Can InStock.Org Bite Into Amazon Prime?
By Jondi Gumz
Ian McHenry was looking for a Christmas gift for his daughter at the last minute. Amazon, the mega online retailer, had it but couldn’t deliver it in time. He looked locally and found it at locally owned Wonderland Toys in Soquel.
That experience inspired his new startup, InStock.org, which aims to help shoppers find any product in stock at nearby stores.
There’s no charge to list products, and the owners of Wonderland Toys, Hannah Stubblefield and Theresa Shellen, signed up.
So has Fybr Bamboo, Berdel’s, Toque Blanc, and the Homeless Garden Project, all in downtown Santa Cruz, and the MiniMint baby store in Pleasure Point.
McHenry is working with the Downtown Association in Santa Cruz to get more stores on board.
When he presented his startup to members of Santa Cruz Works at a virtual meetup, Amanda Rotella, project manager for the city of Santa Cruz Economic Development Office, was impressed.
“I’m super-psyched about this,” she said. “This is a really cool tool.”
McHenry, 37, of Aptos, is eager for more retailers to get on board.
“We would love to have 200 (stores),” he said. “We’re small — two employees — we haven’t had a chance to chat with everyone.”
Getting your products online is time-consuming, the Wonderland Toy staff will agree. You need a picture, a title, and a description — and most stores have 2,000 or more products.
But if the store has a point-of-sale system where customers pays for their purchase, getting all that inventory into InStock.Org takes less than five minutes, according to McHenry.
“Click products, click all, click export — simple,” he said.
The problem is — even though people are doing more shopping online because of COVID-19, half of the existing stores don’t have e-commerce capability, where you can click and buy.
For bargain shoppers, InStock.org has a Chrome extension with a popup feature that shows where you can find the product you’re looking for and the price.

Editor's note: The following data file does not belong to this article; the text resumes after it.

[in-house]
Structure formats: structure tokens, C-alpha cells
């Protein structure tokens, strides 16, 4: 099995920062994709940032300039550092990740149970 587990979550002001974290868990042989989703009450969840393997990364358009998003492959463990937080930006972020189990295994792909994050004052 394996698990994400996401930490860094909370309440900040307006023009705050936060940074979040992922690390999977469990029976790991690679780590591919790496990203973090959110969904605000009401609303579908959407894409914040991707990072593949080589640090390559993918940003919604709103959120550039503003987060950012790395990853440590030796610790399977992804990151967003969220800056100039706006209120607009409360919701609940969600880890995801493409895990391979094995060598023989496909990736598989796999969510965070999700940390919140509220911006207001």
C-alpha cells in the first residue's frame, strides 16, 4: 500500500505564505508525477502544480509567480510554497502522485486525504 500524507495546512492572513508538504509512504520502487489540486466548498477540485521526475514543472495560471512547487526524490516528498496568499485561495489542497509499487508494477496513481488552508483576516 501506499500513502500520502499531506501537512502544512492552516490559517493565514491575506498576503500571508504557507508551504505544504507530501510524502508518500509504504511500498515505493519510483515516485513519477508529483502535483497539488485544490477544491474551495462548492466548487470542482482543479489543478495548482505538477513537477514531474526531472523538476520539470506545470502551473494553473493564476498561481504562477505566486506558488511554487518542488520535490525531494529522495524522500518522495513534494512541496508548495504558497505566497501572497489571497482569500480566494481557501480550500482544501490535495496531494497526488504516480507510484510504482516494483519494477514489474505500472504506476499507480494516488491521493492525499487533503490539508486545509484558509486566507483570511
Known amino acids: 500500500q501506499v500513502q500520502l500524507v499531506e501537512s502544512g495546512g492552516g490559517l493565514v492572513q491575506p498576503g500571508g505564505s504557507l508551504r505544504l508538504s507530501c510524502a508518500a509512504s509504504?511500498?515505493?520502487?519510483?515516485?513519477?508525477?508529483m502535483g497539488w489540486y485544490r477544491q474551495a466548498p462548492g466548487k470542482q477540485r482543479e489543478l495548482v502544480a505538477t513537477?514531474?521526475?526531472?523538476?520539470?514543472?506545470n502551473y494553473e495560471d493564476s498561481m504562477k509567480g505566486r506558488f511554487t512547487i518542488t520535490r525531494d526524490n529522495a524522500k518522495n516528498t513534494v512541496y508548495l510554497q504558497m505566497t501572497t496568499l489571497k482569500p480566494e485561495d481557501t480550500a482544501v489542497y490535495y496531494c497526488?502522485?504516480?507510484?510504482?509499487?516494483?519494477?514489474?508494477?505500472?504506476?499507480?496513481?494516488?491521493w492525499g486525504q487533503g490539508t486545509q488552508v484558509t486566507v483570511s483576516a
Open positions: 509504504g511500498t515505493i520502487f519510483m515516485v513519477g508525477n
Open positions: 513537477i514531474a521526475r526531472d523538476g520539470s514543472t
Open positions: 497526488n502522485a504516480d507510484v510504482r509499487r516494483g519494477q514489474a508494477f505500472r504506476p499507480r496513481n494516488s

McHenry said shoppers think they get the best deal on Amazon, but he’s found 90 percent of products the same price or cheaper at local stores. One example is diapers, where he said Target often has the best price.
“Amazon does deep discounts on loss leaders like a grocery store,” he said. “A majority of things are typically the same price.”
For the future, he’s thinking of a monthly subscription fee paid by shoppers to bring in revenue.
Santa Cruz Summers
McHenry, whose grandfather was the first chancellor at UC Santa Cruz, grew up in Southern California where his father was a professor.
He spent summers and holidays in Santa Cruz, got his bachelor’s degree at Princeton, then went to San Francisco to work in tech.
After working on dynamic pricing for airlines — this is why airfares are always changing — he and a co-founder started a company, Beyond Pricing, in 2013 to help vacation rental owners make more money.
He said the company generated tens of millions in revenue and raised $42 million from investors led by Bessemer Venture Group. He had nearly 70 employees.
On the personal side, it was challenging. He was commuting from San Jose, where his wife was from, and not spending much time with his two daughters, one being a newborn. So he left the company in the hands of his co-founder, not knowing what he would do – until Wonderland Toys showed him the way.
This summer, he got his idea into Y Combinator, the prestigious Silicon Valley accelerator program — the second Santa Cruz company to participate — and getting $125,000 in funding to start.
“I’m a sole founder this time,” he said. “I wanted to have another peer.”
What he wants to create is “a local version of Amazon Prime, where you don’t have to think about shipping.”
Stripe, the downtown Santa Cruz, does free local delivery but most stores can’t do it on their own, he said.
Stores working together can bunch deliveries and get the goods to the shopper faster because the products are in stock locally, not coming from out of the county.
Shopping locally means sales tax revenue stays here and benefits local governments.
“The average person spends $1,200 a year on Amazon, and 300,000 people live in Santa Cruz County — that’s more than $30 million,” he said.
With momentum in Santa Cruz County, McHenry set sights on his next territory, Willow Glen and Los Gatos, where he “soft-launched” two weeks ago. And he’s hiring a data engineer and an associate to work on email and special marketing.